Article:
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Ogden • The NCAA has slapped Weber State's football program with three years of probation and the loss of nine scholarships after an investigation revealed academic irregularities involving five players.

Weber State has also been fined $5,000, plus 2 percent of the football program's operating budget. But the Wildcats retain their postseason eligibility, and first-year coach Jay Hill and his staff face no recruiting limitations.

"We take full responsibility for the incident," Weber State president Charles A. Wight said in a statement. "While we regret that it occurred, it is reassuring to know the systems we have in place quickly detected these unethical activities. We must remain vigilant going forward."

Weber State self-reported instances of academic fraud to the NCAA in August 2013. What was described as academic dishonesty by football players revolved around a math class.

According to the NCAA, which issued its ruling Wednesday, a Weber State math instructor violated ethical conduct rules when she completed coursework for five student-athletes.

During the investigation, the players told investigators they received hints about the proper approach, formulas or help with quiz and test answers.

The math instructor admitted the football players gave her their computer usernames and passwords. She used the information to log in to their online math courses and complete tests, quizzes and exams.

At the conclusion of the semester, an adjunct instructor in one of the math classes noticed a student-athlete completed six quizzes and a final exam in less than one hour — an uncharacteristic pattern for that student.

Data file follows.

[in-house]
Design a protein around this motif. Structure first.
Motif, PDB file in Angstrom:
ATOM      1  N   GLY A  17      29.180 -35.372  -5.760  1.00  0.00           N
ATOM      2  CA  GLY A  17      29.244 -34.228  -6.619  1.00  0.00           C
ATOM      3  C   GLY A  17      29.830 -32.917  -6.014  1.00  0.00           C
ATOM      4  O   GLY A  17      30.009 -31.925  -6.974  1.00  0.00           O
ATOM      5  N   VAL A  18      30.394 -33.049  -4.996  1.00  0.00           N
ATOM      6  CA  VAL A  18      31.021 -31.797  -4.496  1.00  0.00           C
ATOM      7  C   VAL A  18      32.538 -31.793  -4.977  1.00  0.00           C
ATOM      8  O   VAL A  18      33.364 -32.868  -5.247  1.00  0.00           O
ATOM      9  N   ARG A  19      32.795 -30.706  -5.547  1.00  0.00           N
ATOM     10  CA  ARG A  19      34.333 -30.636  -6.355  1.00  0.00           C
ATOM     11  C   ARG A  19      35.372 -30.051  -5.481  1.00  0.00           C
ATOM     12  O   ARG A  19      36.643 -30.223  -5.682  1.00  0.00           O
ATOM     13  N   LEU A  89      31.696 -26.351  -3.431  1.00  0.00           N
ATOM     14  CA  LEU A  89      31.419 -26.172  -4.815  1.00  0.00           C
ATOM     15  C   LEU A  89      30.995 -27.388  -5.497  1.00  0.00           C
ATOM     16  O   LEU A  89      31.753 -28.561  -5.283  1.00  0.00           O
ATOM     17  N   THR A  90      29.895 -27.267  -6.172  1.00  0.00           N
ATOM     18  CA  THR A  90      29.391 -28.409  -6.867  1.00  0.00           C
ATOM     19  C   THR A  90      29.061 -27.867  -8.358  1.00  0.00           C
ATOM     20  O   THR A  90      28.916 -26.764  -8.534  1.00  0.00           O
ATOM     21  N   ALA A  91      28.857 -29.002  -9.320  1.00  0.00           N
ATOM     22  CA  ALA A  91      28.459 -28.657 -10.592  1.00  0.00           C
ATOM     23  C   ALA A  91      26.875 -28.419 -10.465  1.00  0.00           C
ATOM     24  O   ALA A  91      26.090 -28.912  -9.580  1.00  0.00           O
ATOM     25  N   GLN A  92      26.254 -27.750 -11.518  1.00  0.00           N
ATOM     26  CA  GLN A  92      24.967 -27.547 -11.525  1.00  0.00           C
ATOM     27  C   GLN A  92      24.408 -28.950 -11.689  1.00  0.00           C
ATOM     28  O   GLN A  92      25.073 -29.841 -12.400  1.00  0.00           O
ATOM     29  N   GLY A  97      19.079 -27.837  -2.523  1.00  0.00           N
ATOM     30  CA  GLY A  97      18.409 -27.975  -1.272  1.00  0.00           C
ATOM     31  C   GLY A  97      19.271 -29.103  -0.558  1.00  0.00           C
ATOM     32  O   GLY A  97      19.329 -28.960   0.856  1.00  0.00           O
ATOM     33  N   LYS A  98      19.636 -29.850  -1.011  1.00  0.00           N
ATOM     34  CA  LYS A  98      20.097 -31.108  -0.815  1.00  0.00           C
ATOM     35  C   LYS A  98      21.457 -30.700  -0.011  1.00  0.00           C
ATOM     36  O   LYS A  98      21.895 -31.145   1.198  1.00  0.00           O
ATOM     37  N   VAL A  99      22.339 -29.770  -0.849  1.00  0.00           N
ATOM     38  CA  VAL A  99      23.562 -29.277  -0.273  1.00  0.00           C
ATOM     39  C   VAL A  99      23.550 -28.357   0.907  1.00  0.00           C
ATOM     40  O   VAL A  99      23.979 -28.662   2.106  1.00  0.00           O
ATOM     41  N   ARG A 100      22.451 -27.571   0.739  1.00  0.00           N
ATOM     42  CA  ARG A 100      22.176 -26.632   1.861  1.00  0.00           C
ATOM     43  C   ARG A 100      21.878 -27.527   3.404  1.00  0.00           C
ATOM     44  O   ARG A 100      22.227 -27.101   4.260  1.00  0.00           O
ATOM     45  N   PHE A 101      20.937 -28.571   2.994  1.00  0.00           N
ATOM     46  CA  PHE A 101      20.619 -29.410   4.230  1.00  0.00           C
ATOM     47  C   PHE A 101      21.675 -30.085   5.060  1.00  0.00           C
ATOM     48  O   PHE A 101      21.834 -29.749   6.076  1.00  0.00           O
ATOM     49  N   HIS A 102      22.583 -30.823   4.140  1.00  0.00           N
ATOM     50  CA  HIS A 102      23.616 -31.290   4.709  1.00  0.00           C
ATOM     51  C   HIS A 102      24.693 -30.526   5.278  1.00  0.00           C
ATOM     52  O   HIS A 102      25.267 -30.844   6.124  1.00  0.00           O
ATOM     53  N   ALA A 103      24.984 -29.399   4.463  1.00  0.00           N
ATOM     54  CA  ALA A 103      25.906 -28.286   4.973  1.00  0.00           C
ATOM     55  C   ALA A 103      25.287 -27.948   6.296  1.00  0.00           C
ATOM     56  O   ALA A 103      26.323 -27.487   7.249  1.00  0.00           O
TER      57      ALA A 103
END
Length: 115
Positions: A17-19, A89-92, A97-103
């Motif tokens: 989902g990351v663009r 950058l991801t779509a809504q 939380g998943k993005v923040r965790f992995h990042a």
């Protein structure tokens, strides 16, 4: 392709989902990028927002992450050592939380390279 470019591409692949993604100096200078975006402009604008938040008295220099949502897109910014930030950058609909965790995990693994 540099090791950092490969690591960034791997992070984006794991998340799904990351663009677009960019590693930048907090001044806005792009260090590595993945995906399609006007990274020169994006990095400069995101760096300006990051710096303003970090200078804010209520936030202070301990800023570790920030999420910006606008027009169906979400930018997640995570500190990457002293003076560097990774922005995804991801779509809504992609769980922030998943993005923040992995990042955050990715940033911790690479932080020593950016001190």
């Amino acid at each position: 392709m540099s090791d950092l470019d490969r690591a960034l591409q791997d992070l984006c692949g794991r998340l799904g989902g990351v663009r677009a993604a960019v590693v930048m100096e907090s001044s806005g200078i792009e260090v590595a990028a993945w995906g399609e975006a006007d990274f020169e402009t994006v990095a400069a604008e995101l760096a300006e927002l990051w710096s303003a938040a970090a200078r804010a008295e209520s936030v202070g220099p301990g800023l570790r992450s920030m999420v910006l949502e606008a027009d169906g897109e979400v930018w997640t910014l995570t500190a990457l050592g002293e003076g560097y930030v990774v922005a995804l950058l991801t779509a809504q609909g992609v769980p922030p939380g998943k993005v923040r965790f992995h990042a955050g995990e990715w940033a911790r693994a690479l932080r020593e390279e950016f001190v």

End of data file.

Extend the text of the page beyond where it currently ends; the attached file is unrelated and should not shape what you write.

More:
The events led to a full review of the developmental math program and the discovery that the instructor provided assistance to other student-athletes. Weber State charged the five student-athletes with academic dishonesty and issued them failing grades for the course.

The school became aware of the problem when Jody Sears was the football coach. He was fired after the 2013 season and replaced by Hill.

"At Weber State, we hold our students, faculty and staff to the highest level of ethical and professional conduct," Wight said. "This investigation found that, in this case, a former adjunct instructor failed to uphold those standards."

Weber State is 2-9 heading into its season finale on Saturday at Idaho State. The Wildcats lost nine straight games before putting together their first winning streak since 2011 with back-to-back victories over North Dakota (24-12) and Northern Colorado (34-21).

On Wednesday morning's Big Sky Conference call with the media, Hill said he was "very unaware" of possible NCAA sanctions when he took the job last winter.

Going forward, Hill said, "It's an issue we will deal with."

Asked if the situation would impact the progress of the program, he said, "Absolutely not." —

Weber State sanctions

Penalties imposed on the football program Wednesday after a yearlong investigation into academic irregularities:

• Public reprimand and censure.

• Three years of probation through Nov. 18, 2017.

• A fine of $5,000 plus 2 percent of the school's football program operating budget.

• A reduction of nine football scholarships.

• A five-year show-cause order for a math instructor who assisted football players with their classroom work. During that period, if the instructor works for a member school and has responsibilities in its athletics department, the school must appear before a committee panel.

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